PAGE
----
You might be seeing a lot more of Android Pay in the coming months. Google has deployed a new set of APIs for developers to build Pay into mobile web sites, instant apps, and even your email. The goal is to make the payment process faster and easier on mobile devices, but only in countries where Android Pay is accepted. Read More
You know how when you use your phone or tablet for long periods of time, it gets a little warm? Sometimes it even goes toasty — hi, Snapdragon 810! — and app performance suffers: you start seeing lags and stutters and things don't work as smoothly or as reliably as they should. That's because the system throttles the SoC when it risks reaching its limit temperature. This is the kind of performance issues that the new Sustained Performance Mode aims to solve.
There's a new 'Sustained Performance API' in the latest Android N Developer Preview 3. It works based on feedback provided by OEMs regarding each device and its performance for long-running apps. Read More
One of the promised features of Android N was launcher shortcuts, a way for developers to include additional actions in their app's launcher icon following a certain gesture. There were dynamic shortcuts, pinned shortcuts, and a lot of interesting things for developers to explore that you can read about in Cody's exploration of the feature.
But Launcher Shortcuts are going away. Recode had already reported the rumor that Google was going to delay their introduction, and it turns out that was true. The latest developer documentation explains that Launcher Shortcuts will be deferred to a future version of Android (so not N) and that their APIs will be removed from the Android N API starting with the next developer preview. Read More
You know how you can usually type some combination of Alt or Ctrl or Cmd with the question mark on your computer to surface a list of available keyboard shortcuts in whatever app you're using? Android is about to get the same option, which is great if you plan on using something like the Pixel C for work.
The trigger for the overlay is Alt + / (on Chrome OS, it's Ctrl + Alt + /). Once you tap that on your physical keyboard, it should show a screen with all of the keyboard shortcuts that are available from the system and your currently used app. Read More
While all major tech companies use their flagship events to announce new products, Google doesn't shy away from putting developer tools on stage. And keeping with a common theme lately, there's a preview release for the next Android Studio. Version 2.2 includes some immediately popular and often-requested additions to the IDE. Read More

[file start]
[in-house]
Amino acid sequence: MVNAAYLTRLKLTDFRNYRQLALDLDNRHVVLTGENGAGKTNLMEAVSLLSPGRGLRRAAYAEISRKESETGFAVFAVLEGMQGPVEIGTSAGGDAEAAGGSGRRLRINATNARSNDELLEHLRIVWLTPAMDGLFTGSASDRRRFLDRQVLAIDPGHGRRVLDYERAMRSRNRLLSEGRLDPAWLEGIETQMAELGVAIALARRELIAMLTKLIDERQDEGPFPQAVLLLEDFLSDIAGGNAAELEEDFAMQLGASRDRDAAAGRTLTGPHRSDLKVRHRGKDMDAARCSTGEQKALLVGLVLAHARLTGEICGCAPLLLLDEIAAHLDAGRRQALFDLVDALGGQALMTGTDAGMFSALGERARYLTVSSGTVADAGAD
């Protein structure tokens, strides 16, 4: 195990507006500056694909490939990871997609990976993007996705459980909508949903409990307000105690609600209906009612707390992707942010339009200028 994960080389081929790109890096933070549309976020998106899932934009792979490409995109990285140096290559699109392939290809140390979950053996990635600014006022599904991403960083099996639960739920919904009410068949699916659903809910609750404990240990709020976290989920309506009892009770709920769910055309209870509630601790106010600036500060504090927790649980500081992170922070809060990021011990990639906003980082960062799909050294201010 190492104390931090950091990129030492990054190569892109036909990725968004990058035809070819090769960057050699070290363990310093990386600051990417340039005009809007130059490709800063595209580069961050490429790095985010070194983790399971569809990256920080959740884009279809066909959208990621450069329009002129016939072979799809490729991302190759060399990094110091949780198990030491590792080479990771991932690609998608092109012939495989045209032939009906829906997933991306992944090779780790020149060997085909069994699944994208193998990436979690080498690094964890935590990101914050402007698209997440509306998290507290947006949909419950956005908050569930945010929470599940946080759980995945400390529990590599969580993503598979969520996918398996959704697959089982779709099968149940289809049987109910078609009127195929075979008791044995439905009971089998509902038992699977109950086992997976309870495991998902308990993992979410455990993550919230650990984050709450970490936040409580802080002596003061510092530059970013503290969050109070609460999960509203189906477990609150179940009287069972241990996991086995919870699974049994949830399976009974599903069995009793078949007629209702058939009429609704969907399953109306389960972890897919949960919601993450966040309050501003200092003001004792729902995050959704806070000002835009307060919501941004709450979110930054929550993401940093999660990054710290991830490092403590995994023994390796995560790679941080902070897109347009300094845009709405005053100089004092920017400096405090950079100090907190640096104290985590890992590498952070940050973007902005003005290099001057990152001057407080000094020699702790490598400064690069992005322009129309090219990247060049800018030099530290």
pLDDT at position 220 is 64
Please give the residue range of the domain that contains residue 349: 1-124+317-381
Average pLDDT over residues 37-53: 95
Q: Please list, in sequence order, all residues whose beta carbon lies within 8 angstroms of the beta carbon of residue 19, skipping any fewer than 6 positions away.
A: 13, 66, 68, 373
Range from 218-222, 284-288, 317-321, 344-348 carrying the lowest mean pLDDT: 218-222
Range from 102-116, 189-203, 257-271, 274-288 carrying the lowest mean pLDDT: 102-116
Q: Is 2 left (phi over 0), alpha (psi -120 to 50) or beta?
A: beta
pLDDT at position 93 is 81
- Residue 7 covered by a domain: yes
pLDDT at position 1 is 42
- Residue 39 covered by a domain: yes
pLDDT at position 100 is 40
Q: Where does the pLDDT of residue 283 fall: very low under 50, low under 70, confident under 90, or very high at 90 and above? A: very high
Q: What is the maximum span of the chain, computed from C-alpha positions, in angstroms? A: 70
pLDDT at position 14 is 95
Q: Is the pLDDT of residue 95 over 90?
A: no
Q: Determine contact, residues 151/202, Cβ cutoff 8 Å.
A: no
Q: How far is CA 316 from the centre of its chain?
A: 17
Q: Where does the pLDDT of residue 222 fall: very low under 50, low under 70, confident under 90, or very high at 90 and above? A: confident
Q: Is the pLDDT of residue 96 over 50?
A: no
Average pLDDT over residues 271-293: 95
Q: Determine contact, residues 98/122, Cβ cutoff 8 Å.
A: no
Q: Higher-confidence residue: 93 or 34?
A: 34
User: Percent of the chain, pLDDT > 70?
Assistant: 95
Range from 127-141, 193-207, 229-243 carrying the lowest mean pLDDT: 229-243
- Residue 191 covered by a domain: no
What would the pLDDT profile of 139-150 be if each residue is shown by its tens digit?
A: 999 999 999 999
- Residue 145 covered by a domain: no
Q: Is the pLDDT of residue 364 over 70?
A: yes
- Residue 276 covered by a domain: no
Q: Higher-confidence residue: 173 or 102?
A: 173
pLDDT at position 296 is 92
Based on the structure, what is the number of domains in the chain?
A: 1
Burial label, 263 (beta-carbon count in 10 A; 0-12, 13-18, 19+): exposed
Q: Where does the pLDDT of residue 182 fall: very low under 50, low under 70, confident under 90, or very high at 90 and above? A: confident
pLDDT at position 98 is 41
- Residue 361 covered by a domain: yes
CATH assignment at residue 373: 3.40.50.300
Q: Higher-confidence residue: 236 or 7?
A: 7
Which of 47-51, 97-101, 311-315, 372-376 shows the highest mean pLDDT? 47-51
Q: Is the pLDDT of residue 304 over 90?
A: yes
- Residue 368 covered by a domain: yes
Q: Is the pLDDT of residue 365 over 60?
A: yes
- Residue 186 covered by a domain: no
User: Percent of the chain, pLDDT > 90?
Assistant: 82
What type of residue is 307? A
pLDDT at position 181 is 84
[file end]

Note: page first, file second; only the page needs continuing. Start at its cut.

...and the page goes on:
Developers got a nice treat earlier today when Google released a new dashboard app in the Play Store. That one is available to all right away, but there's another new developer-oriented release called Playbook that you'll have to join a beta to get. Playbook is an app that aggregates help articles, tips, and videos that help you create a better app. Read More
Fans of Android Wear have plenty to be excited about. A major update was just announced during the Google I/O 2016 keynote with many of the features users have been looking forward to. The headlining additions to the platform focus largely on more advanced watchfaces, improvements for messaging, and expanded integration and more automatic use of the Google Fit platform. A Preview program is also being launched for Wear, so developers will be able to work on new apps for the platform before official rollouts begin.
If you want a quick overview of what's new, watch our Wear 2.0 hands-on video. Read More
Sometimes content is just best accessed in its native app. But just as often, we have no need for that app beyond a single specific instance. To deal with this inefficiency, Google is introducing Android Instant Apps. For content that is deep-linked into participating apps, the app will seamlessly download and install to let you use it in that very moment.
The key to this working out, said Google's Ellie Powers, is having participating apps be built with modules. Read More
While maybe not the biggest change in Android N, Google announced a few interface changes to app switching that were particularly well-received during the I/O keynote. A couple of them had already popped up in the Developer Previews, but the keynote serves as confirmation that they will make it to the final builds. A change that is new to all of us is that there will be a reduction in the number of apps shown in the recent apps UI. Anything that hasn't been used "in a while" will be hidden from the user.
This, Google says, is because their user research showed that over 99% of users never accessed an app further back than 7 in the recent apps UI. Read More